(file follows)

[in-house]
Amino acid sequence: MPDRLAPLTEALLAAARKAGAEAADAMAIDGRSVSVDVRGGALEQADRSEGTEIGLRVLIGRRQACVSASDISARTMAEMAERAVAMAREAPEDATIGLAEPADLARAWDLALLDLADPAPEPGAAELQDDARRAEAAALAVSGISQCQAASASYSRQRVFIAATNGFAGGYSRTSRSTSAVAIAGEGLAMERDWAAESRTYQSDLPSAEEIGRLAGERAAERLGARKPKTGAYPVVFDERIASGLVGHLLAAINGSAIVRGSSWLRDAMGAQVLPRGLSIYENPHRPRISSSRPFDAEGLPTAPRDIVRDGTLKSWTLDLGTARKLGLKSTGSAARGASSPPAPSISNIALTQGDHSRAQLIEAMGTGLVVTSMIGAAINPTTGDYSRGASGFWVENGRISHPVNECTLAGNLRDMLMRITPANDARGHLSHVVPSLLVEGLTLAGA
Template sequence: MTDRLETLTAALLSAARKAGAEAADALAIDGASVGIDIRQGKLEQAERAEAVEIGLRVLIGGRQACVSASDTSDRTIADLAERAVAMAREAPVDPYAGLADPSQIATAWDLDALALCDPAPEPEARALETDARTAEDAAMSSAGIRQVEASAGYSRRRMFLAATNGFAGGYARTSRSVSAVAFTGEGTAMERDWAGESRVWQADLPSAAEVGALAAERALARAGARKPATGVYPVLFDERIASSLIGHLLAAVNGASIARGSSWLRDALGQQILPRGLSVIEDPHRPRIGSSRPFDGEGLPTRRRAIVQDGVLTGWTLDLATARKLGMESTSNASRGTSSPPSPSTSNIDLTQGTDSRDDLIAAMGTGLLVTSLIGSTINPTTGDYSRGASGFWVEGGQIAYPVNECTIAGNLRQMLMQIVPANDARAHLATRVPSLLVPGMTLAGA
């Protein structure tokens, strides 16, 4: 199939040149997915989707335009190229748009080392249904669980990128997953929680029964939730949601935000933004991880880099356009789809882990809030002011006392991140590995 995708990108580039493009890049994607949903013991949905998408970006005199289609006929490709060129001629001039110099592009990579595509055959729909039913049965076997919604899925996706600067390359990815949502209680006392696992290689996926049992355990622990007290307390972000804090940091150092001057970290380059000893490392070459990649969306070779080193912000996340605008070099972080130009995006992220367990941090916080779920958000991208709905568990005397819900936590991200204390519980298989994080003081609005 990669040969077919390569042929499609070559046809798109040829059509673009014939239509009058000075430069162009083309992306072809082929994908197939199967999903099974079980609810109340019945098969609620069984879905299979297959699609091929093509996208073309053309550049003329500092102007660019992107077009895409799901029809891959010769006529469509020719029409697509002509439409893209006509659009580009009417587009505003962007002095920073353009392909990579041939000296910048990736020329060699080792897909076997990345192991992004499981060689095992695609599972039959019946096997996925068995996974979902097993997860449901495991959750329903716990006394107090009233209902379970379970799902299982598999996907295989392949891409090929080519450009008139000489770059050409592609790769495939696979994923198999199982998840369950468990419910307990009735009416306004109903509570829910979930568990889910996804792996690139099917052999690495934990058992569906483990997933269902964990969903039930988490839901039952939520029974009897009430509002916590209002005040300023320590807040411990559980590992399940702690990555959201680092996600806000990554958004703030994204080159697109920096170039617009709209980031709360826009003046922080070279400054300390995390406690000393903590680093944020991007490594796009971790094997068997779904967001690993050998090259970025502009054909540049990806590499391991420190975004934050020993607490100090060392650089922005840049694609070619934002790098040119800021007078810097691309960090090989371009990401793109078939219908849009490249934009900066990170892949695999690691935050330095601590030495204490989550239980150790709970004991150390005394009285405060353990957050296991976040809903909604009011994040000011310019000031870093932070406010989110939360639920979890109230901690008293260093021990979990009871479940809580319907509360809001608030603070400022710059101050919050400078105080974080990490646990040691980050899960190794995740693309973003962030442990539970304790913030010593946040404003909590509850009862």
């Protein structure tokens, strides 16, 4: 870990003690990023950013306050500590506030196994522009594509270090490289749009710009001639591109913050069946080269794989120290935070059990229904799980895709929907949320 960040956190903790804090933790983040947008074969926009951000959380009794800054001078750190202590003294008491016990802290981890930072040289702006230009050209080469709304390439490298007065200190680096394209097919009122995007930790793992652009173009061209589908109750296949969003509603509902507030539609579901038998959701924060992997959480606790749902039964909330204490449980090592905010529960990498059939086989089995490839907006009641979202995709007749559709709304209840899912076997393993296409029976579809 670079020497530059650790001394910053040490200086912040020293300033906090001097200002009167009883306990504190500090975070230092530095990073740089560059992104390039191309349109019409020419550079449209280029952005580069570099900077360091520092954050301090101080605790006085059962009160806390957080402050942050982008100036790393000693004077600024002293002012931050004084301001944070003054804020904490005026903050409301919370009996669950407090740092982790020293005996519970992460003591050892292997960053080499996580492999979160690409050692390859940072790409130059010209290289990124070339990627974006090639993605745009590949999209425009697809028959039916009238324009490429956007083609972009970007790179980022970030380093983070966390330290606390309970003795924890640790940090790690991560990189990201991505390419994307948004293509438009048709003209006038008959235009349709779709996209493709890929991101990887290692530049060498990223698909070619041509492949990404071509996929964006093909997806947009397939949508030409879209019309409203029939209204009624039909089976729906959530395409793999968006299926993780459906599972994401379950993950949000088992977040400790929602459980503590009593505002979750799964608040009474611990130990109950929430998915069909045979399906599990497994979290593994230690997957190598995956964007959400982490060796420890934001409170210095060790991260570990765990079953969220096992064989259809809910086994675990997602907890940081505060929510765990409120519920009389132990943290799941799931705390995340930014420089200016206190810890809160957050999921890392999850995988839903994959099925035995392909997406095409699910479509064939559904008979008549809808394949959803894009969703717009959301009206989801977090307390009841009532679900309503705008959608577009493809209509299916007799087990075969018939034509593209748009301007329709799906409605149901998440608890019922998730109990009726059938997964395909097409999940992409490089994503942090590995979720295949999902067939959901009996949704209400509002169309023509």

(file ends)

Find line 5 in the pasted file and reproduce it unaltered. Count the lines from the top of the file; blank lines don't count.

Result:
């Protein structure tokens, strides 16, 4: 870990003690990023950013306050500590506030196994522009594509270090490289749009710009001639591109913050069946080269794989120290935070059990229904799980895709929907949320 960040956190903790804090933790983040947008074969926009951000959380009794800054001078750190202590003294008491016990802290981890930072040289702006230009050209080469709304390439490298007065200190680096394209097919009122995007930790793992652009173009061209589908109750296949969003509603509902507030539609579901038998959701924060992997959480606790749902039964909330204490449980090592905010529960990498059939086989089995490839907006009641979202995709007749559709709304209840899912076997393993296409029976579809 670079020497530059650790001394910053040490200086912040020293300033906090001097200002009167009883306990504190500090975070230092530095990073740089560059992104390039191309349109019409020419550079449209280029952005580069570099900077360091520092954050301090101080605790006085059962009160806390957080402050942050982008100036790393000693004077600024002293002012931050004084301001944070003054804020904490005026903050409301919370009996669950407090740092982790020293005996519970992460003591050892292997960053080499996580492999979160690409050692390859940072790409130059010209290289990124070339990627974006090639993605745009590949999209425009697809028959039916009238324009490429956007083609972009970007790179980022970030380093983070966390330290606390309970003795924890640790940090790690991560990189990201991505390419994307948004293509438009048709003209006038008959235009349709779709996209493709890929991101990887290692530049060498990223698909070619041509492949990404071509996929964006093909997806947009397939949508030409879209019309409203029939209204009624039909089976729906959530395409793999968006299926993780459906599972994401379950993950949000088992977040400790929602459980503590009593505002979750799964608040009474611990130990109950929430998915069909045979399906599990497994979290593994230690997957190598995956964007959400982490060796420890934001409170210095060790991260570990765990079953969220096992064989259809809910086994675990997602907890940081505060929510765990409120519920009389132990943290799941799931705390995340930014420089200016206190810890809160957050999921890392999850995988839903994959099925035995392909997406095409699910479509064939559904008979008549809808394949959803894009969703717009959301009206989801977090307390009841009532679900309503705008959608577009493809209509299916007799087990075969018939034509593209748009301007329709799906409605149901998440608890019922998730109990009726059938997964395909097409999940992409490089994503942090590995979720295949999902067939959901009996949704209400509002169309023509």